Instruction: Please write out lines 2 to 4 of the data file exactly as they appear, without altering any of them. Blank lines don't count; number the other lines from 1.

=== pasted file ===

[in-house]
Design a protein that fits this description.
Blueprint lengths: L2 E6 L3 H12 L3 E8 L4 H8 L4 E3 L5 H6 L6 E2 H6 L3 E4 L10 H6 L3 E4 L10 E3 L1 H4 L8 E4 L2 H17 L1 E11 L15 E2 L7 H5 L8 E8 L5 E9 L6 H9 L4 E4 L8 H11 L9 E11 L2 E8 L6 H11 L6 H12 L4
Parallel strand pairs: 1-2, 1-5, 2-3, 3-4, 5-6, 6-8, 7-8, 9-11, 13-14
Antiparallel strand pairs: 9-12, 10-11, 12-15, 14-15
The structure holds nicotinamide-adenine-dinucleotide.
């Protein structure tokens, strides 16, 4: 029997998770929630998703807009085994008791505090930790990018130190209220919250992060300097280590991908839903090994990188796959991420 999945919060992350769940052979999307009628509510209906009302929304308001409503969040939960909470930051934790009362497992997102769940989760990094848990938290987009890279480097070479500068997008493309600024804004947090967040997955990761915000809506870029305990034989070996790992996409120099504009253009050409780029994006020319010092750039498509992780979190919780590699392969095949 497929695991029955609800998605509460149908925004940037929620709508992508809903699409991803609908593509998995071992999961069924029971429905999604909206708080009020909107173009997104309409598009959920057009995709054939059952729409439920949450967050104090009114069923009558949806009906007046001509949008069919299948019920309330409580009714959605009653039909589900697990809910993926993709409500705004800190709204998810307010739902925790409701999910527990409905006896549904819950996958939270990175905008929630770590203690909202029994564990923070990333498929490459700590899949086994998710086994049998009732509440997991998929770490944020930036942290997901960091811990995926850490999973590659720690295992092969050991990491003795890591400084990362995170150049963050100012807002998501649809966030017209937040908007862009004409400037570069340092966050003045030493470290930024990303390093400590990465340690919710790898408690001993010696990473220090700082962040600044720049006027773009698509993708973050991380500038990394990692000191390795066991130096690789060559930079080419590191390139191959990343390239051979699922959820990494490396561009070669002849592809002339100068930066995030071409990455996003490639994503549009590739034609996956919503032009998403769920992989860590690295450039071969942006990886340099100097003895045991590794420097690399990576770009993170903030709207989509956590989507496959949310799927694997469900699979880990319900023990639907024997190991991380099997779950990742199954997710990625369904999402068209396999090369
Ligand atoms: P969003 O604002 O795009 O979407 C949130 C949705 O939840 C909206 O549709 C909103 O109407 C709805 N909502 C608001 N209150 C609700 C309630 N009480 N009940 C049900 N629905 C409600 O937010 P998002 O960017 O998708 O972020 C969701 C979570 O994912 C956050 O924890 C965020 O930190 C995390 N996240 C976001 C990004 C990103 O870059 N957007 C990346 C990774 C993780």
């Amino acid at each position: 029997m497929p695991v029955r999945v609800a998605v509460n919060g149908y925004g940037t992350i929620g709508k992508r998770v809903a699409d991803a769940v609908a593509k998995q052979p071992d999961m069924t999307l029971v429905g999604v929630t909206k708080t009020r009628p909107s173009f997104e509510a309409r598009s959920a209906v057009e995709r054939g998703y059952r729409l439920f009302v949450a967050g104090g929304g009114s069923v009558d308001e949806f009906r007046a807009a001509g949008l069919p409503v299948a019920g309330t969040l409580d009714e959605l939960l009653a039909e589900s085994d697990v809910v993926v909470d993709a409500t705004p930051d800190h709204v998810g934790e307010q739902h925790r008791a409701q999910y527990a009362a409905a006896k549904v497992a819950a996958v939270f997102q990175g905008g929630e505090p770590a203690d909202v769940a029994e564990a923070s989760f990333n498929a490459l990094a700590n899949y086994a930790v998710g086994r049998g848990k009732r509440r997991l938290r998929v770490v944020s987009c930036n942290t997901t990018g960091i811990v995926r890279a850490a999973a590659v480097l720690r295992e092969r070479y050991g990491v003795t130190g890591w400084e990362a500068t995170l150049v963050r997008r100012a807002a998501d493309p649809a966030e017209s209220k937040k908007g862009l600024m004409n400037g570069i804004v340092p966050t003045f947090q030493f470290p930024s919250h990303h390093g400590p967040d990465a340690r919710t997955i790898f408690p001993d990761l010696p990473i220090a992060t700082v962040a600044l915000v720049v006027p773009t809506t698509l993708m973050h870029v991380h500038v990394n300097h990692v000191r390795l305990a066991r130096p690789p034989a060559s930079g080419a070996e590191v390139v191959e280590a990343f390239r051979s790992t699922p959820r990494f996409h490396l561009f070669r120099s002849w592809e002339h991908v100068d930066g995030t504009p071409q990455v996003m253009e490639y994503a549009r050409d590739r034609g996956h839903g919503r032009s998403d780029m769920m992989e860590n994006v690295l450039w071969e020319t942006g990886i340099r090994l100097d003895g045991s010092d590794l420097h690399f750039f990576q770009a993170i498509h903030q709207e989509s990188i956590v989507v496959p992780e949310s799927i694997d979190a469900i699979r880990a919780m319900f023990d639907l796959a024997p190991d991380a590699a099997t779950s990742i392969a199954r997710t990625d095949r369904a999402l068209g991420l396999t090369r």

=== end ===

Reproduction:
Design a protein that fits this description.
Blueprint lengths: L2 E6 L3 H12 L3 E8 L4 H8 L4 E3 L5 H6 L6 E2 H6 L3 E4 L10 H6 L3 E4 L10 E3 L1 H4 L8 E4 L2 H17 L1 E11 L15 E2 L7 H5 L8 E8 L5 E9 L6 H9 L4 E4 L8 H11 L9 E11 L2 E8 L6 H11 L6 H12 L4
Parallel strand pairs: 1-2, 1-5, 2-3, 3-4, 5-6, 6-8, 7-8, 9-11, 13-14